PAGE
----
Today, as the train was approaching a stop about half way through my ride, a tall older man was standing under my seat in the aisle on the first level. I noticed him only because he was staring up at me.

When I noticed him, I start staring back down at him. He shuffled over a little bit to look at my computer screen. I shifted to stop him from seeing it, ignoring that at least another dozen people on the second level could see my screen just fine - it was the guy staring at me that I cared about. He then pointed his chin at my computer, and I shifted around even more. What the heck was this guy doing, trying to look at my computer. Was he stalking me?

With the second shift, my hip pressed up against my bag, and I felt the distinct vibration my phone makes when I've missed a call and someone has left a message. I whipped out my phone and realized, the stalker guy pointing his chin at me, yeah, that guy was trying to tell me, me with my headphones on, that my phone was ringing.

Not that I heard it over the DVD. I was too busy glaring back at the guy.

I hate that train


I'm officially a real Caltrain rider! Check me out: I have bought my very first 10 ride ticket today. This is a major commitment, let me tell you. Almost as big as that 6 month contract I signed with Velocity Sports.

Because I'm exiting the train at San Carlos, I'm limited to what trains I can take north. Limited in the sense that I don't want to stand around picking my nose at VS, and I doubt they really want me setting up shop in their office by arriving an hour early every day. Of course, it might be they don't care at all, but that would change my story.

The train at Sunnyvale (Sunnyvale being yet another limiting factor in this whole train thing) that I take is preceded by another train by five minutes. This preceding train is an express train that doesn't stop at Sunnyvale, but rather flies by at an uncomfortable speed on its way to Mountain View.

I hate that train.

That train rolls by, without slowing, at a blurred speed, a rush of air ahead of it that swirls everything in its path into a tangled bird's nest mess. I don't mind that so much as the large objects zooming by me, not much but 10 feet of air between me and it. And that makes me nervous.

Many years ago, maybe twenty or so, I was on a road trip with my family: my mom, my brothers, an aunt, her children, my best friend, her sister and her father. We stopped by some canyon in Arizona, it might have been a shallow part of the Grand Canyon, but I don't think it was. My cousin, who was five, maybe six years older than I, jumped the railing, walked out to the edge of the canyon, and sat down. After what seemed like a long time, he came back, and we all piled into the cars and continued driving. My cousin later talked about the experience with my mom. I overhead his commenting that the song of the canyon was great, and the urge to jump was surprisingly strong.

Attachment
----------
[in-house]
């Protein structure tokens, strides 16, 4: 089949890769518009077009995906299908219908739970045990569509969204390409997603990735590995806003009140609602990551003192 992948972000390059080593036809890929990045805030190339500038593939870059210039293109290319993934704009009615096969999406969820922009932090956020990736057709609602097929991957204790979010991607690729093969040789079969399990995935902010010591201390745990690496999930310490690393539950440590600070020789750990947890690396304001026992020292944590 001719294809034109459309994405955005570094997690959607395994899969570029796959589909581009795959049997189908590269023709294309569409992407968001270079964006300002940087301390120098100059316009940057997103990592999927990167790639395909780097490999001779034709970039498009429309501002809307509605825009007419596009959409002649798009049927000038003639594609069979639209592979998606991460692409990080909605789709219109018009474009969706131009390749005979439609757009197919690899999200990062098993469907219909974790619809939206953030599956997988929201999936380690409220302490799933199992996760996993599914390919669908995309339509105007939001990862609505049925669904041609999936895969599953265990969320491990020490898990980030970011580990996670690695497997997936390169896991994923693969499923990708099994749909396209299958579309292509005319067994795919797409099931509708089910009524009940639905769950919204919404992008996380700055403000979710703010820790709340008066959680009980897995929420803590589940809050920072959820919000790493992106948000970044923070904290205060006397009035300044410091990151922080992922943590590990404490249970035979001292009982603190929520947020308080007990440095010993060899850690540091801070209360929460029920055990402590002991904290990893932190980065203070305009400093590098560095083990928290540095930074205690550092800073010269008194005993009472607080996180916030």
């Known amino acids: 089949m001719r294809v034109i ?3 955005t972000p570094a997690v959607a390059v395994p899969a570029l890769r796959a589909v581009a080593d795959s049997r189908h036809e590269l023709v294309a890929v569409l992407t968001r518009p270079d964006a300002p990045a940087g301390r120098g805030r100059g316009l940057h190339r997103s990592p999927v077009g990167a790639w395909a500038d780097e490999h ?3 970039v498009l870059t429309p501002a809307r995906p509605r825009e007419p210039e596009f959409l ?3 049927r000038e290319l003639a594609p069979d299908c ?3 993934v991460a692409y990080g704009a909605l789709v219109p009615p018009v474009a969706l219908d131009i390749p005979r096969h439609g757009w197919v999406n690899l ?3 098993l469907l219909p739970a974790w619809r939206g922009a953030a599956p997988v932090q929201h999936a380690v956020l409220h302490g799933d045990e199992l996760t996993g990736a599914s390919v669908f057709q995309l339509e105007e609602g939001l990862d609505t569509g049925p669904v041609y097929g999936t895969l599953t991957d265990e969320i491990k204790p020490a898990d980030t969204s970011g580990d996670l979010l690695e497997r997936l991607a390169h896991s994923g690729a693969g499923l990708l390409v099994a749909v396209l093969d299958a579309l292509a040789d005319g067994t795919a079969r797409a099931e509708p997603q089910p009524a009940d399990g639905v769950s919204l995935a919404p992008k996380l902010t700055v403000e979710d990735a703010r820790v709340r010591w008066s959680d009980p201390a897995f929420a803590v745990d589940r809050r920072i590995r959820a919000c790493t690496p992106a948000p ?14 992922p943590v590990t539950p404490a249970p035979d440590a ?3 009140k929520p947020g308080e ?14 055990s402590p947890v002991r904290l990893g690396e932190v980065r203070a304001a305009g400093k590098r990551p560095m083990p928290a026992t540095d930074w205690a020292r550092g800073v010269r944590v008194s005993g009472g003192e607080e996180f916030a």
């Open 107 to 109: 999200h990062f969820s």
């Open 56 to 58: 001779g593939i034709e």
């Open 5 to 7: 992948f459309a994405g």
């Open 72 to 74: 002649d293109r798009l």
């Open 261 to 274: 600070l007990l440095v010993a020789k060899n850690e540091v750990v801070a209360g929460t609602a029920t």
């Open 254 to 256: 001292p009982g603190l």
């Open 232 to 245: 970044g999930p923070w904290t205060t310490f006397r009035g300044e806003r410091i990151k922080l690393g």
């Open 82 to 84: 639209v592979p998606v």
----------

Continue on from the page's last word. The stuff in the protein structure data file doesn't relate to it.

Oddly enough, I think of this memory when the train comes flying by. I often wonder if the fear of being struck by that train is as strong as my cousin's urge to jump.

Train incidents


So, to attend workouts at the Velocity Sports training facility, I've been taking Caltrain up to San Carlos. Thus far, I've been leaving from work so as to maximize my late afternoon productivity.

Each time I've trained north, to my surprise, the conductor has asked for tickets. And also to my surprise, each of the conductors in the last two times I've trained has found a violator in my car. In the past when I've trained, my ticket hasn't been checked, but those times are admittedly over a year old, and clearly both policies and cultures can change a lot in that amount of time. The checking in retrospect should not surprise me.

The number of violators certainly does, though.

Wednesday's violator was a regular rider who had a monthly pass. Either by accident or by design, he forgot his November pass and was trying to ride the train on November 29th with a December monthly pass. The conductor made him get off the train at the next stop and purchase a one way ticket for the rest of his journey, after loudly announcing to everyone on the train that next month's passes are valid next month, not this month.